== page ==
Is Michael Cohen’s Cross-Examination Hurting the Prosecution’s Case Against Donald Trump?

AP Photo/Andres Kudacki

Former Trump ‘fixer’ Michael Cohen was back on the stand on Thursday for a full day of cross-examination.

While the disbarred attorney is considered to be the prosecution’s ‘star’ witness against former President Donald Trump, concerns about his credibility are threatening to undermine the case. So, is Cohen doing more harm than good?

On Thursday’s show, Megyn was joined by legal experts Dave Aronberg and Andy McCarthy to discuss what Cohen has said on the stand and how it helps or hurts prosecutors.

Cross-Examination Highlights

After hearing on Tuesday that jurors seemed largely uninterested and bored by the cross-examination of Cohen, reports indicate that there was a much more lively atmosphere in the courtroom on Thursday. Depending on how you view the case, Megyn said you could call some of the key moments in the testimony “highlights” or “lowlights.” Regardless, they shed light on the defense team’s strategy when it comes to painting Cohen as an unreliable witness.

At one point, defense attorney Todd Blanche began questioning Cohen on exchanges he had with a lawyer named Robert Costello, who some are speculating could be the sole witness called by the Trump legal team in this case.

Costello acted as a go-between of sorts between Cohen and then-President Trump via his attorney Rudy Giuliani. “He was brought into the grand jury and he was very helpful to Donald Trump, though not helpful enough because he did get indicted,” Megyn noted. “In any event, he seems to be very favorable towards President Trump and not so much towards Michael Cohen.”

Blanche asked Cohen about a conversation he had with Costello about potentially cooperating with the FBI against Trump after he got into legal trouble. “Did you tell Robert Costello that you, quote, ‘Had nothing on President Trump and could not cooperate,'” Blanche asked. Cohen initially responded “no,” before being pressed to clarify that he did not recall.

Megyn said something doesn’t seem right. “Now that you’re trying to get out of prison, you want to get out of all these deals, you want to look better, suddenly you have all sorts of dirt on demand,” she questioned.

Additionally, Blanche got Cohen to admit that he was bitter about not being considered for roles in the Trump White House (like attorney general or chief of staff) and he had a lot of trouble even getting tickets to the inauguration in 2017.

In Megyn’s view, the relationship between Trump and Cohen has spiraled like a Greek tragedy. “Cohen had this never ending adulation for this man he adored [Trump]. He read his book twice and just wanted any sort of play in Trump’s circle. He wanted to be just like him,” she explained. “And then, of course, it ends in him trying to kill the king and kind of take himself out as well. And the king turns on him, too.”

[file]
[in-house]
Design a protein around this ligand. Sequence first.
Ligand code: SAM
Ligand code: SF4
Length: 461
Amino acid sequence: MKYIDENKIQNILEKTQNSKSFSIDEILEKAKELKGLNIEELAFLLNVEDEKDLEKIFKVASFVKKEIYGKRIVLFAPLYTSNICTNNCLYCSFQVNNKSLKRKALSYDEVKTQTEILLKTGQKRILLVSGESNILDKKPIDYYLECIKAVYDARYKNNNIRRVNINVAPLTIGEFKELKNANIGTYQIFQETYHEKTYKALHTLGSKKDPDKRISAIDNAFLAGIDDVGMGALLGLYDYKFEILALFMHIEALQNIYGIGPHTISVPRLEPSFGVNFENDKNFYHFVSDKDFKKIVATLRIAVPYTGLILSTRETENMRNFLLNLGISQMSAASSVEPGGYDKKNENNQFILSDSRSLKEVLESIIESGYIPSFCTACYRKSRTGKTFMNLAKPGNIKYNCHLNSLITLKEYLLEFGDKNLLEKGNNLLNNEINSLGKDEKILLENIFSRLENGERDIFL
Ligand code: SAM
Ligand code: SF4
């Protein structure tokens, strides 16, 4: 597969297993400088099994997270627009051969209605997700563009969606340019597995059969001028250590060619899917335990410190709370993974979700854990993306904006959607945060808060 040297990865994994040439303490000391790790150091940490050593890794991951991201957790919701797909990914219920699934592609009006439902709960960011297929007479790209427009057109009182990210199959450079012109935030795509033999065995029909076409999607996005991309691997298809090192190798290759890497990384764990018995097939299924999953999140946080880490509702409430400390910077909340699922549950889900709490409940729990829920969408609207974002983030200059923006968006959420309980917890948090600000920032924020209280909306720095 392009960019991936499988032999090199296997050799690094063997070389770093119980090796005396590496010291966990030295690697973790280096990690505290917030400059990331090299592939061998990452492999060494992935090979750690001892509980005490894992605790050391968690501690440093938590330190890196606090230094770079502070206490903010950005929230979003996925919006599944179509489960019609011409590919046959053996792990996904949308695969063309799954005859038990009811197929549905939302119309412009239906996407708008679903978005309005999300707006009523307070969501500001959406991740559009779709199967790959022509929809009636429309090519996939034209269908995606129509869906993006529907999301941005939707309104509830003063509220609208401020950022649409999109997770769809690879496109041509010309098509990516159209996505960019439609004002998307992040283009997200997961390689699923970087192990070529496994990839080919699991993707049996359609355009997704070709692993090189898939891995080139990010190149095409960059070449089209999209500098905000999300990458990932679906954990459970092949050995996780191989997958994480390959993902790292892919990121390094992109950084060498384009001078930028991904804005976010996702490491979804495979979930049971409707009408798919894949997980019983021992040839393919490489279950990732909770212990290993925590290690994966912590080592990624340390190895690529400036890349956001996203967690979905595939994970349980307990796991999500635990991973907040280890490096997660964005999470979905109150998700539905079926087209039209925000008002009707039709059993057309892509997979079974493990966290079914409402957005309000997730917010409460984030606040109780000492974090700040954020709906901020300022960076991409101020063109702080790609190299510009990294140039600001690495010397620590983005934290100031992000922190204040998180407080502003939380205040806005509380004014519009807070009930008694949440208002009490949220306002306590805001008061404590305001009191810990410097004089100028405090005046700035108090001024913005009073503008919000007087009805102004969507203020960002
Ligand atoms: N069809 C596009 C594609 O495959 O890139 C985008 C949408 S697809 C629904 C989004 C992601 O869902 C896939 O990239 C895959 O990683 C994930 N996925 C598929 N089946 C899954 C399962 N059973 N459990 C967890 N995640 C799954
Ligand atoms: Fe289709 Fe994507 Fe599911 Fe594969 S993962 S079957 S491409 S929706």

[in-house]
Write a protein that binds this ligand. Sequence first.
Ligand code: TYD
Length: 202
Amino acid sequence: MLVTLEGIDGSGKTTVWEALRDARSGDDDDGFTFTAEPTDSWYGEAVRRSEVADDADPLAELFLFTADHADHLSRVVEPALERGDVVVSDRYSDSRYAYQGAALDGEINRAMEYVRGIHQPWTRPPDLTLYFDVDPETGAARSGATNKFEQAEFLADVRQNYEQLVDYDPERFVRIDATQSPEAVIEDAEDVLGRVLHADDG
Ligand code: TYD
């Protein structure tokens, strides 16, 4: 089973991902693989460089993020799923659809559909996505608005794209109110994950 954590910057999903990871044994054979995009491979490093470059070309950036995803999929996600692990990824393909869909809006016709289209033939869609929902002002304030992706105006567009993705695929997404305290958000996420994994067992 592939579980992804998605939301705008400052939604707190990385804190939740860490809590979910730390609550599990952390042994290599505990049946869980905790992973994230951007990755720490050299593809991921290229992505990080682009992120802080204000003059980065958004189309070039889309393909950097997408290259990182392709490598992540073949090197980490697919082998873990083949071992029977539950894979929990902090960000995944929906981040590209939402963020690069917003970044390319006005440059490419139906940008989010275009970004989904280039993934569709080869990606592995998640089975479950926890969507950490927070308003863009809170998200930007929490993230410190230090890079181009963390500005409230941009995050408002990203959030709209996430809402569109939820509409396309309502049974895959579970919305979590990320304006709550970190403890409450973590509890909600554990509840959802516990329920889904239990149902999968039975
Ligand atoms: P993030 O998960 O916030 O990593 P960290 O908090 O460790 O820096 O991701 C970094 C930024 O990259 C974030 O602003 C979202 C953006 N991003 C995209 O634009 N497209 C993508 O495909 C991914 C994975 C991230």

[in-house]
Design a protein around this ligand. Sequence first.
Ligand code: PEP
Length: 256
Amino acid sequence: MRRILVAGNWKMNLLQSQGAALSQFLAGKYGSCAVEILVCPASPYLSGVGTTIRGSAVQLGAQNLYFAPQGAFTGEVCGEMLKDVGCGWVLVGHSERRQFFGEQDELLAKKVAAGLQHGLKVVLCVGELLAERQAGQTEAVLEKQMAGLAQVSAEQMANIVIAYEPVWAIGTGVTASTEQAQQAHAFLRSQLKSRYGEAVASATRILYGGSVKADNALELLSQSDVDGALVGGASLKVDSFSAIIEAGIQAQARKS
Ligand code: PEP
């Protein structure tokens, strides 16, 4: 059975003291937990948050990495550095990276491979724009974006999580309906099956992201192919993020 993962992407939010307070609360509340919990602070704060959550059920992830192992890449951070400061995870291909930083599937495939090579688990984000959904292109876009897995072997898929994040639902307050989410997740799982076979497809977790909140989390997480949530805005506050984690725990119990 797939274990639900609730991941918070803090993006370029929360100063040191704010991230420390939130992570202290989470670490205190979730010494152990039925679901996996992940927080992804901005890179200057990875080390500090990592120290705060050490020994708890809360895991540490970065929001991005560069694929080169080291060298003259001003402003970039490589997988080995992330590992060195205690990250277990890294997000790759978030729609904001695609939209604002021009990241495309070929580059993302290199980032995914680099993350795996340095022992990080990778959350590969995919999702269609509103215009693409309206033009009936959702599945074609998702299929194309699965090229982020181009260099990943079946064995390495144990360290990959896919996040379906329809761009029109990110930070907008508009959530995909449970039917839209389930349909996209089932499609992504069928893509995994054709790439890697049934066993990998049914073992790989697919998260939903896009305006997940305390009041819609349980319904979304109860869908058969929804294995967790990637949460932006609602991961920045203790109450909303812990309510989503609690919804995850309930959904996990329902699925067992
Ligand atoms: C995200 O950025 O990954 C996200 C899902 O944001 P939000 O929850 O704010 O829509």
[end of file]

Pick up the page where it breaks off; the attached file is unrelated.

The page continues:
Where the Case Stands

All in all, Aronberg admitted Blanche has been “successful” at “punching holes” in Cohen’s credibility – including when he got him to admit he lied to a federal judge in a tax case that had nothing to do with Trump. “I don’t think that made Michael Cohen look good,” he said. “And he had to admit to lying on the stand, so that is not good.”

Even so, he is not sure Cohen’s credibility will be too detrimental to prosecutors because of the case they have built. “If this were all about Michael Cohen’s cross-examination and pointing out his lies, then, yes, I think the state would be in a lot of trouble,” he said. “But the state has spent all this time building this firewall around Cohen with all these witnesses and documents and a lot of it is even Trump’s own words, his tweets, his admissions.”

While Megyn noted the case is seemingly boiling down to the difference between “legal expenses” and “reimbursement” to a lawyer, McCarthy said it is not so simple because of the legalities involved. “This wall of corroboration around Cohen is a very important thing for the prosecutors to have done,” he said. “But I also think it is illusory because the corroboration is mainly for stuff that, technically speaking, is legal – even if some of the way the Trump defense is trying the case would suggest to you that they think it is radioactive and they need to distance Trump from it.”

You can check out Megyn’s full interview with Aronberg and McCarthy by tuning in to episode 794 on YouTube, Apple Podcasts, or wherever you like to listen. And don’t forget that you can catch The Megyn Kelly Show live on SiriusXM’s Triumph (channel 111) weekdays from 12pm to 2pm ET.